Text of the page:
Not Icarus after all but the one who refused the wings and then cried a long time on the beach watching his father fly away forever and his brother die, crashing into the sea. 

Who or what is behind this, I want to say thank you.

Suicides whose calls I did not return in time, forgive me.

Made feral by a mother who had seen more of hell than one would wish upon an enemy, and a father whose eyes were stolen by a decades-old hurricane. 

Chrisoula knits while I read Sarah Hrdy, now and then reading aloud this or that sentence, may I never forget to be grateful.

Coming to terms with Tara Singh again.

There is only one love, thirty years after the wedding we reach at last the marriage, and even then, even then. 

Monday, September 19, 2022

Suddenly Swathed in Gray

We stood together near the stage watching Mike Campbell play guitar - scarecrow-like, excellent still - and several times I touched Jeremiah's shoulder and he turned to smile at me, a man with whom I do not need to assume any pretense, and in this way something about Albany changed forever.

Who or what is behind all this.

Crows before the sun rises, heading north.

It seemed there was a path that involved painting once, it seemed there was a dream of getting something just right, where "just right" meant creating an image that conveyed a feeling rather than any technical accuracy related to how things actually appear. 

People ask why the rose became so ubiquitous an image and symbol - practically bereft of meaning at all according to Eco - and the question strikes me as a failure for the answer is quite simply: look.

Early evening, between sips of the last cup of coffee ever, a heaviness settles on the valley, and the soul - which lately is attuned to the throat chakra - is suddenly swathed in gray.

Images and ideas I would rather not put into a sentence, or the same sentence anyway, and so do not (but did in a previous sentence - can you see which one).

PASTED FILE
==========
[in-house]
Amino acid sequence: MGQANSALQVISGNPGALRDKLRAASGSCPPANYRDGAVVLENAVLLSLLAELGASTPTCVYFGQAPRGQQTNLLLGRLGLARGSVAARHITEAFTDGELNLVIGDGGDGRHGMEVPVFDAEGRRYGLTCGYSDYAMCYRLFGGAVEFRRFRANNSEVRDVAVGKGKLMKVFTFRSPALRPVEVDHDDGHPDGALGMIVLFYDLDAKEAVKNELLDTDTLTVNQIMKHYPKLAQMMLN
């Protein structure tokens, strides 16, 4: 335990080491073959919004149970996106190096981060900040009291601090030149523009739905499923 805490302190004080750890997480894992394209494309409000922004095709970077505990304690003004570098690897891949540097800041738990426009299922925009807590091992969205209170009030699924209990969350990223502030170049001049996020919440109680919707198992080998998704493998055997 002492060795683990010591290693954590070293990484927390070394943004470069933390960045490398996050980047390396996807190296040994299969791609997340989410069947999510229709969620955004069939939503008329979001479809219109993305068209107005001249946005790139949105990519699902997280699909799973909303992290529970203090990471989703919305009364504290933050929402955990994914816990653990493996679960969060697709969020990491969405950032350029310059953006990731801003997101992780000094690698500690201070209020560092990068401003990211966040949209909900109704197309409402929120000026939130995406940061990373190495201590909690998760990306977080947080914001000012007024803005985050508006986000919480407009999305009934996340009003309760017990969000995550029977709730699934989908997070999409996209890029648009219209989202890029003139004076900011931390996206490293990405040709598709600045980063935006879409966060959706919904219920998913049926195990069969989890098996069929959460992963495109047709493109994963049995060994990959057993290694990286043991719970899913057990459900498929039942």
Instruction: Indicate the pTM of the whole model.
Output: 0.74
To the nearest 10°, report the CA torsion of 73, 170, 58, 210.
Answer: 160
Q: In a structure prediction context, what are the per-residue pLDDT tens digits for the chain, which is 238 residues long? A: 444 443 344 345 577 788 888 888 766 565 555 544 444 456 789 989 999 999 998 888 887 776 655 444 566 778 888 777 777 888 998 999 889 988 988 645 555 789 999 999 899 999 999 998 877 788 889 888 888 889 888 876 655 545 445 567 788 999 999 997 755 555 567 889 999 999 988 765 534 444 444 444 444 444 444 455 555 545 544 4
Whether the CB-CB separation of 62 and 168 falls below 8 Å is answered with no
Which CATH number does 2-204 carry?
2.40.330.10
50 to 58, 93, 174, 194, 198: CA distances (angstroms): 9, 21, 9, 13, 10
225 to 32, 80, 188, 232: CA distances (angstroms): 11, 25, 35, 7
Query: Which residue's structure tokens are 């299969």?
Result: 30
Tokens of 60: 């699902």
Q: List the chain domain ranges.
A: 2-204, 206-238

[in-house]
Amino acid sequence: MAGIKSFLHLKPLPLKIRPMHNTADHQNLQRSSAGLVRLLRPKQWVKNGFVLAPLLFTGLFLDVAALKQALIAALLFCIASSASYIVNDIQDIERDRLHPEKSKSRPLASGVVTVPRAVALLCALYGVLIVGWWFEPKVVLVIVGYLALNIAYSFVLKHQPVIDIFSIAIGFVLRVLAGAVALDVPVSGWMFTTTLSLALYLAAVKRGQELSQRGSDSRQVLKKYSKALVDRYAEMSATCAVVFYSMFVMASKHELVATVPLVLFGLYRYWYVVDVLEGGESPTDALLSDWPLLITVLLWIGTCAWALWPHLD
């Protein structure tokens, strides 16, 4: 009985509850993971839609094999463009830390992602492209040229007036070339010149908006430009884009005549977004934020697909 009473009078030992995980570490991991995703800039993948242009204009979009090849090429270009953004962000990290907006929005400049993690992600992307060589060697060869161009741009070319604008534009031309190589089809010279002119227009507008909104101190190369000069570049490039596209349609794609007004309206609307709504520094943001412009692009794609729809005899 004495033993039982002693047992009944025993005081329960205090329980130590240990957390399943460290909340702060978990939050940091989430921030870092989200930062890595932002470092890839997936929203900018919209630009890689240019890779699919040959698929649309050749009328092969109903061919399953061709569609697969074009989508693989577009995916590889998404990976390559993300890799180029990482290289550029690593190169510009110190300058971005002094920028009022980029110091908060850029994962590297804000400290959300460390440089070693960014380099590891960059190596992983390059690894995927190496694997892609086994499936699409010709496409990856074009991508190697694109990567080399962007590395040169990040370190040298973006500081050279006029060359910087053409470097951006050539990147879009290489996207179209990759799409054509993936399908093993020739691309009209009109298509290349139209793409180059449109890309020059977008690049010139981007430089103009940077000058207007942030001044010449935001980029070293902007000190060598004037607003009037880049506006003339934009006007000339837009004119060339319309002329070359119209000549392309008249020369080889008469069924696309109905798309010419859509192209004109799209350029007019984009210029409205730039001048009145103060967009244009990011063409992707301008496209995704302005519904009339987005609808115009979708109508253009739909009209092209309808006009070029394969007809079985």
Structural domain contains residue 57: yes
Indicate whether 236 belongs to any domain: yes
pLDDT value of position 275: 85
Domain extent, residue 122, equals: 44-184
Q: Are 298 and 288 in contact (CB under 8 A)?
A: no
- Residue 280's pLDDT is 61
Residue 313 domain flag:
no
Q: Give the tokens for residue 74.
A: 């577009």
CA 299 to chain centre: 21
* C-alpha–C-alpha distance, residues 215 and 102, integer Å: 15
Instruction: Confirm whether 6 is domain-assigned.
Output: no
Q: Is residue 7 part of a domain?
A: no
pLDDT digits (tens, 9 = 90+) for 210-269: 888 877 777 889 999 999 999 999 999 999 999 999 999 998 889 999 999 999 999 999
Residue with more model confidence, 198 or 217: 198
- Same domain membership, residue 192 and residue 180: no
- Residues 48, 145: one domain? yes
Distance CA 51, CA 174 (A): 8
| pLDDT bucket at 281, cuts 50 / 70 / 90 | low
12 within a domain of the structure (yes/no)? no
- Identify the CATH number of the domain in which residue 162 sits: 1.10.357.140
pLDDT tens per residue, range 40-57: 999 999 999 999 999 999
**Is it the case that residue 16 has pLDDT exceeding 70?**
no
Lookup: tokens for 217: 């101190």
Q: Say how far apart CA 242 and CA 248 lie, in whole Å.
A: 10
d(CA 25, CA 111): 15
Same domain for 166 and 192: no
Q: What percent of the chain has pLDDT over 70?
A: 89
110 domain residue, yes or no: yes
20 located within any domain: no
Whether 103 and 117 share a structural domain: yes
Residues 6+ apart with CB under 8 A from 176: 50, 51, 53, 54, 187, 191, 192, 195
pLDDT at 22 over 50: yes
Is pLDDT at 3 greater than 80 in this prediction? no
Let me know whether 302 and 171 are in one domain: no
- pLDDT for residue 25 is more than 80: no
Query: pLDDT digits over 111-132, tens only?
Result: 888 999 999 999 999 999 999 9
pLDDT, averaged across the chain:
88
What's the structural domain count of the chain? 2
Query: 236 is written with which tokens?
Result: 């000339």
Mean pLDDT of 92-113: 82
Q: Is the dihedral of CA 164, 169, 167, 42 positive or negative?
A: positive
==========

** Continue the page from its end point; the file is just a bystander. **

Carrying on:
Vision in the right eye slowly failing, a haze descending as if an angel were gently lowering its wings.

This is not the sentence I meant to write, this is the sentence I actually wrote.

Walking in Albany again, all these years later, remembering the past, and letting it go.

We were broken, that was why.

As if praise were not enough.

Getting curricular.

We pause beneath the hemlocks, we draw chairs and talk about the kids, we talk about moving, about cutting back the berries, we talk about what we are becoming together now we are not trying to become anything else.

The void giveth and the void taketh away.

Remembering William Kennedy's novels, how hard it was to get Dad to appreciate them, how I read them endlessly for years, delighted with the prose, the familiar characters, and always the untiring romance. 

We who are refused over and over - denied entry unto the temple, not allowed to touch his robes - pushed away and rejected - whose dreams are fed by wild angels, emissaries of a God who has not yet decided is He interested in our salvation.

Obedience, who knew.

Getting to know the narrator, going slowly so not to spook him, that path.

And will there be another snow storm, now I have been granted another winter in which to stand quietly in quiet forests amid all the snow falling in all the cosmos?

Sunday, September 18, 2022

Lost Children in Previous Centuries

Okay, I give up, why do we die? Burning straw dogs, the ruins still smoking after dawn. After rain, sunlight in the lilac, and after sunlight in the lilac, moonlight. Obligate sexuality, who knew. 

How do we recognize sentences? Here is the secret to happiness, you are related in nontrival ways to apples. Death and sex are intimate, let us not live elsewise. Chipped bricks falling off the chimney in high winds.